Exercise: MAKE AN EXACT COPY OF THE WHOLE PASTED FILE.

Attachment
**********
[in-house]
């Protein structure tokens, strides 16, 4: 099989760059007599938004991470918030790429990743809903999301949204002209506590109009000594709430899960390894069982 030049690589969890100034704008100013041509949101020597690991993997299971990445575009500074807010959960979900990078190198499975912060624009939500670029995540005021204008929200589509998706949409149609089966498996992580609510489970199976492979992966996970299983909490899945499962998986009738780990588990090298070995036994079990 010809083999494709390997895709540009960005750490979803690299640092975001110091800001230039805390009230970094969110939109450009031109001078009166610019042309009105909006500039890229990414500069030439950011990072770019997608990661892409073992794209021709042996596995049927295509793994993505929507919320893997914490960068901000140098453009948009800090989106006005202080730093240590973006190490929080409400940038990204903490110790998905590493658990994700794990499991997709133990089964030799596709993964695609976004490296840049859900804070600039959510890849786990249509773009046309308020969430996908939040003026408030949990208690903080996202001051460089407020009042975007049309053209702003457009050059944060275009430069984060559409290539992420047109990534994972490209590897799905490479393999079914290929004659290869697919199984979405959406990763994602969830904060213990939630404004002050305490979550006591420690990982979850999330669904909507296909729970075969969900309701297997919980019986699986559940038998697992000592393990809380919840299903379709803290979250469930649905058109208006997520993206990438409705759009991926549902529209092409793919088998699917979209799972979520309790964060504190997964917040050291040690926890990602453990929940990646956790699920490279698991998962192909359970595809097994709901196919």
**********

[in-house]
């Protein structure tokens, strides 16, 4: 099989760059007599938004991470918030790429990743809903999301949204002209506590109009000594709430899960390894069982 030049690589969890100034704008100013041509949101020597690991993997299971990445575009500074807010959960979900990078190198499975912060624009939500670029995540005021204008929200589509998706949409149609089966498996992580609510489970199976492979992966996970299983909490899945499962998986009738780990588990090298070995036994079990 010809083999494709390997895709540009960005750490979803690299640092975001110091800001230039805390009230970094969110939109450009031109001078009166610019042309009105909006500039890229990414500069030439950011990072770019997608990661892409073992794209021709042996596995049927295509793994993505929507919320893997914490960068901000140098453009948009800090989106006005202080730093240590973006190490929080409400940038990204903490110790998905590493658990994700794990499991997709133990089964030799596709993964695609976004490296840049859900804070600039959510890849786990249509773009046309308020969430996908939040003026408030949990208690903080996202001051460089407020009042975007049309053209702003457009050059944060275009430069984060559409290539992420047109990534994972490209590897799905490479393999079914290929004659290869697919199984979405959406990763994602969830904060213990939630404004002050305490979550006591420690990982979850999330669904909507296909729970075969969900309701297997919980019986699986559940038998697992000592393990809380919840299903379709803290979250469930649905058109208006997520993206990438409705759009991926549902529209092409793919088998699917979209799972979520309790964060504190997964917040050291040690926890990602453990929940990646956790699920490279698991998962192909359970595809097994709901196919």